Cross-Systems Crisis Planning:Preventing and Managing Behavioral/Psychiatric IncidentsBruce E. Davis, Ph.D.Director of Behavioral and Psychological ServicesTN Department of Intellectual and Developmental DisabilitiesJohn Stephen Bell, Ph.D.Intensive Consultation Team Director, West TNJenny Matthai, Ph.D.Intensive Consultation Team Director, Middle TN Kris Roberts, M.S.Intensive Consultation Team Director, East TNThe ProblemTennessee's mobile crisis system receives an average of 560 crisis calls per year for persons served by DIDD. 56% of these calls result in a psychiatric hospitalization. Hundreds more have police contacts and/or incarcerations because of Behavioral/Psychiatric incidents. These data remain consistent from year to year. It is important that we have a system that is prepared for these types of incidents. What constitutes a crisis?In the development of Cross-Systems Crisis Plans, a crisis is defined as:A situation where the risk of harm to a person supported or others is increased; ANDImmediate resources for appropriate intervention are not adequate for restoring a healthy and safe situation. Why Develop Cross-Systems Crisis Plans (CSCP)?Managing a crisis often requires responses from multiple service providers and agencies. Our goal is to minimize harmful or traumatic outcomes (for persons supported AND staff). Cross-systems crisis plans are written by agency staff to provide for an effective and efficient response to an emerging crisis. Relevant Provider Manual Requirements12.7.1Crisis Intervention Policy 12.7.2 Cross-Systems Crisis PlansConstructing the CSCP Part I - FACE SheetName, DOB, etc. THIS IS PROTECTED HEALTH INFORMATION. IT IS SUBJECT TO HIPAA REGULATIONS.Living situation - Describe the person's home, housemates, staffing ratio, and other relevant factors. Diagnoses - Copied directly from psychiatrist's record. Must be updated as changes occur. Clinical Disorders (Psychiatric disorders including personality disorders). Intellectual Disability DiagnosisMedical/Dental Disorders - Include frequent or recurring issuesInsurance information (Medicaid, Medicare, MCO, etc.) Constructing the CSCP - CommunicationMobile crisis workers and others must know:How the person communicates with others.How best to communicate with the person. Describe how someone could tell if the person wants something or is distressed. Include information about how well the person expresses emotions as well as how they make their wants and needs known. Describe the best way to ask or tell the person something. For example, avoid leading questions, draw pictures, tone of voice, vocabulary, etc. Constructing the CSCP Strengths, Skills, and InterestsIt's easy to look at the person in crisis as the problem. Describe the person's positive side. What is he/she good at?What does he/she like to do? What is funny to him/her? Who is important to him/her?Include anything that might help a mobile crisis worker develop rapport and see the person AS A PERSON. Constructing the CSCP Listing Circle of Support/ProvidersInclude a simple directory of key people. Agency nameName of the person representing the agency. Email addressPhone numberRoles/Responsibilities of Crisis Response ProvidersDIDD Provider Agency Develop the CSCP; Utilize prevention, redirectional and physical intervention strategies in accord with their policy on behavior safety interventions; . Mobile Crisis Evaluate a crisis situation determine/arrange best available options from in-home adjustments to crisis stabilization, behavioral respite, or hospitalization; participate in CSCP development. Law Enforcement - Additional measures of safety; Transportation. Behavioral Respite Estimated length of stay 15 to 30 days out of home for clinical observation and assessment (DIDD voluntary not secure- may not be immediately accessible). Crisis Stabilization Length of stay is 3 to 5 days for inpatient treatment (DMHSA voluntary not secure). Harold Jordan Center Stabilization Unit Estimated length of stay 15-30 days for inpatient treatment (DIDD voluntary secure- may not be immediately accessible). Psychiatric Hospital Estimated length of stay is 0 15 days for intensive treatment and medication adjustments (DMHSA voluntary or involuntary - secure). Intensive Behavior Residential Service Estimated length of stay is 6 to 12 months for intensive psychological/psychiatric treatment. Not an emergency service. (DIDD voluntary not secure).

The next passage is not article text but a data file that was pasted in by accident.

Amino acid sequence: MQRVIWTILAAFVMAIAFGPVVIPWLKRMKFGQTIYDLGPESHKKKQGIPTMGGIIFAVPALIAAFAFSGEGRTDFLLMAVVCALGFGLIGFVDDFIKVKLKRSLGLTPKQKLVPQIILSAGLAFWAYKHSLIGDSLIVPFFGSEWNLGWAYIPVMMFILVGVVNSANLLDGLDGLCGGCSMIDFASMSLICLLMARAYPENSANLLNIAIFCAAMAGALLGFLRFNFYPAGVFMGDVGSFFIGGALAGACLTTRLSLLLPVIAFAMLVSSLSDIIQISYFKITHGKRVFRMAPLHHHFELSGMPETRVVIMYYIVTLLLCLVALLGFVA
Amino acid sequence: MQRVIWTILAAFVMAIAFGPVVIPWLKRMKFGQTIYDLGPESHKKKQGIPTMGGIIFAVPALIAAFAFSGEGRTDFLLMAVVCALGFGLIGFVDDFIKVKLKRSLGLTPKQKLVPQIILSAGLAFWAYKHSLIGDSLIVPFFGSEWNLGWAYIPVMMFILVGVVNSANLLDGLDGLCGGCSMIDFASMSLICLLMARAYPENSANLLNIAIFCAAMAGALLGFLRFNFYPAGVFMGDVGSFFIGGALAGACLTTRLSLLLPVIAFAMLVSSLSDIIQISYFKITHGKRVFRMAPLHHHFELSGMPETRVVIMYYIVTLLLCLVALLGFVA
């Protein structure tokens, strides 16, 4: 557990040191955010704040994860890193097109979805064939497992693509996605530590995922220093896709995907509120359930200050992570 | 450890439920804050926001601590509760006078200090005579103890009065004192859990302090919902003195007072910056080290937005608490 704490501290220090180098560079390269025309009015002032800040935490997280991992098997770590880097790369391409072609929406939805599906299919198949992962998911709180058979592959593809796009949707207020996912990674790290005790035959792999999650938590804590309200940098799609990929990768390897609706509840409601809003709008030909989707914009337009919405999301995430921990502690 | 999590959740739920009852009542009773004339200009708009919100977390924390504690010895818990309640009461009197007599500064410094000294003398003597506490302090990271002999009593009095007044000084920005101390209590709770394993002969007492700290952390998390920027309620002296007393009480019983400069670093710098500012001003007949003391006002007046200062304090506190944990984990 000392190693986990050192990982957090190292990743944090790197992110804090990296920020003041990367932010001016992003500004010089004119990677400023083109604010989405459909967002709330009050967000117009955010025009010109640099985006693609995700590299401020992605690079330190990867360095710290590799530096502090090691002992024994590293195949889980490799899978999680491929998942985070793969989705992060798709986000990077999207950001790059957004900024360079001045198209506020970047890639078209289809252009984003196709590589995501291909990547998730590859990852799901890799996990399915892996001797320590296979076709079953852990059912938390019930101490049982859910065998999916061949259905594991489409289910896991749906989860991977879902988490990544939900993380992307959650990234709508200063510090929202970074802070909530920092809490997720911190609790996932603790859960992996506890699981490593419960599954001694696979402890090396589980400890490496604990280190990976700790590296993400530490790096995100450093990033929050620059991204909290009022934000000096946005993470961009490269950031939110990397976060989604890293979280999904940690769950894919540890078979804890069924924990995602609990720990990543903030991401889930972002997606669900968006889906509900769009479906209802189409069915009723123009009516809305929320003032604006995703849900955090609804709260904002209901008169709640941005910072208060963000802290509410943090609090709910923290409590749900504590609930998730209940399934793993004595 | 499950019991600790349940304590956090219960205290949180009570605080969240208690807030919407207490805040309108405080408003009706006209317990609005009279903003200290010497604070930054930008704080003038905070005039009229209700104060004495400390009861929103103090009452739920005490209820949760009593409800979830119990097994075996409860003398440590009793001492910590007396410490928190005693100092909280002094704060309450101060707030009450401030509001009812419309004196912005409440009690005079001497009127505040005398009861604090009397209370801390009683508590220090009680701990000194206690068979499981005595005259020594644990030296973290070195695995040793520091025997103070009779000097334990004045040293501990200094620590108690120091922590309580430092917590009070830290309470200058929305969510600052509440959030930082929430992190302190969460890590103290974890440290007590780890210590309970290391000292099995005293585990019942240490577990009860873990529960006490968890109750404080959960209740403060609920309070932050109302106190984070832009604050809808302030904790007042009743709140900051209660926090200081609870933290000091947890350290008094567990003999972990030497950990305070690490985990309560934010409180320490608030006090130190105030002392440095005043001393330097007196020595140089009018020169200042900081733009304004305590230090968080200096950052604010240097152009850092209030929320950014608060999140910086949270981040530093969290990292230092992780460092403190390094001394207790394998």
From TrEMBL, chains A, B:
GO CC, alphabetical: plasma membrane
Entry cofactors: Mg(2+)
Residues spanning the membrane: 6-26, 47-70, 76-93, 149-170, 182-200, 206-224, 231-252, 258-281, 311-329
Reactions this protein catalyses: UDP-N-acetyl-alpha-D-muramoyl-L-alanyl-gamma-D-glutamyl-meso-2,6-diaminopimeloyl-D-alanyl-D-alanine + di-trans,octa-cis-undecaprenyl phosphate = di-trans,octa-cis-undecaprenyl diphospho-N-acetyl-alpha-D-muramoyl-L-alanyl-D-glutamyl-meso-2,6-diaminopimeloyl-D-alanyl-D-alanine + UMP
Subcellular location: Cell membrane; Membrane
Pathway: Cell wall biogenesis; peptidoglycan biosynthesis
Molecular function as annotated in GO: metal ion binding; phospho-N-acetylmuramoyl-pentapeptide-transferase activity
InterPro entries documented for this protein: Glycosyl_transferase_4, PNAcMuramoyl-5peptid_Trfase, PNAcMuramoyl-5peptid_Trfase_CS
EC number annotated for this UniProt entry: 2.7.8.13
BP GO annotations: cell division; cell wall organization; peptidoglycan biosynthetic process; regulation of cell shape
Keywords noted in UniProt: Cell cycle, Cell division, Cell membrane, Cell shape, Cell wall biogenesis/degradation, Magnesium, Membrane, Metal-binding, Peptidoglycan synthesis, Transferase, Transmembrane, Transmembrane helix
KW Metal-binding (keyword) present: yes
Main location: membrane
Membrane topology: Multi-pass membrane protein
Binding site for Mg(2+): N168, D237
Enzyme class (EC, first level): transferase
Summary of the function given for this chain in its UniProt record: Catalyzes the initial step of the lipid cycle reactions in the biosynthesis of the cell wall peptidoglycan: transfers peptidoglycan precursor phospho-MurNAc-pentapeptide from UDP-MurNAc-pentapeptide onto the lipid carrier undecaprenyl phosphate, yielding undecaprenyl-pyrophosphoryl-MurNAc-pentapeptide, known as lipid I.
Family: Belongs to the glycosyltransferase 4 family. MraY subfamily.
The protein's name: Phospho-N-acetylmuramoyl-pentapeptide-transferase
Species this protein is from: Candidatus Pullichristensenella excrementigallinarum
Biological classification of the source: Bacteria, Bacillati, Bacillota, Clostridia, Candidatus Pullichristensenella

Process - COS Involvement in CSCP DevelopmentAll appropriate members of COS may/should have input for the plan. A central team member from the primary provider agency will draft the plan and share it with others. Mobile crisis personnel and even police should also have input if consent to share information is obtained from the person or his/her legal representative. Crisis Classification by Topography/Intensity of Behavior